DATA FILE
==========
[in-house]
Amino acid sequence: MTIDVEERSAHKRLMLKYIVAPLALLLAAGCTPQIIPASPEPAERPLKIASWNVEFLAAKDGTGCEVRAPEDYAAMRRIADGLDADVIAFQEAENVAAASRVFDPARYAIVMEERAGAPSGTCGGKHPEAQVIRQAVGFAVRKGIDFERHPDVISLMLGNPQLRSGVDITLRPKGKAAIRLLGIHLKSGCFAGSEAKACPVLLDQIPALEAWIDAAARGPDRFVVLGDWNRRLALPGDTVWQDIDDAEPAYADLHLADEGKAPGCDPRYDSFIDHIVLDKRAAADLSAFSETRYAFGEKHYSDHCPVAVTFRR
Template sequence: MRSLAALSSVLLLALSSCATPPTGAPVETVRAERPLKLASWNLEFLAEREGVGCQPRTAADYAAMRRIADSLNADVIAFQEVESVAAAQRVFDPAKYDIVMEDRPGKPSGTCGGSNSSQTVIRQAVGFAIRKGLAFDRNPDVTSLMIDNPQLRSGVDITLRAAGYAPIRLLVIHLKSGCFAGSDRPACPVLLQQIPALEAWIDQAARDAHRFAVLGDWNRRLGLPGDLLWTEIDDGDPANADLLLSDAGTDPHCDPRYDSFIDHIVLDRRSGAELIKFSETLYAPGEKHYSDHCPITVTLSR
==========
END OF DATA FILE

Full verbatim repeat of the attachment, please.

[in-house]
Amino acid sequence: MTIDVEERSAHKRLMLKYIVAPLALLLAAGCTPQIIPASPEPAERPLKIASWNVEFLAAKDGTGCEVRAPEDYAAMRRIADGLDADVIAFQEAENVAAASRVFDPARYAIVMEERAGAPSGTCGGKHPEAQVIRQAVGFAVRKGIDFERHPDVISLMLGNPQLRSGVDITLRPKGKAAIRLLGIHLKSGCFAGSEAKACPVLLDQIPALEAWIDAAARGPDRFVVLGDWNRRLALPGDTVWQDIDDAEPAYADLHLADEGKAPGCDPRYDSFIDHIVLDKRAAADLSAFSETRYAFGEKHYSDHCPVAVTFRR
Template sequence: MRSLAALSSVLLLALSSCATPPTGAPVETVRAERPLKLASWNLEFLAEREGVGCQPRTAADYAAMRRIADSLNADVIAFQEVESVAAAQRVFDPAKYDIVMEDRPGKPSGTCGGSNSSQTVIRQAVGFAIRKGLAFDRNPDVTSLMIDNPQLRSGVDITLRAAGYAPIRLLVIHLKSGCFAGSDRPACPVLLQQIPALEAWIDQAARDAHRFAVLGDWNRRLGLPGDLLWTEIDDGDPANADLLLSDAGTDPHCDPRYDSFIDHIVLDRRSGAELIKFSETLYAPGEKHYSDHCPITVTLSR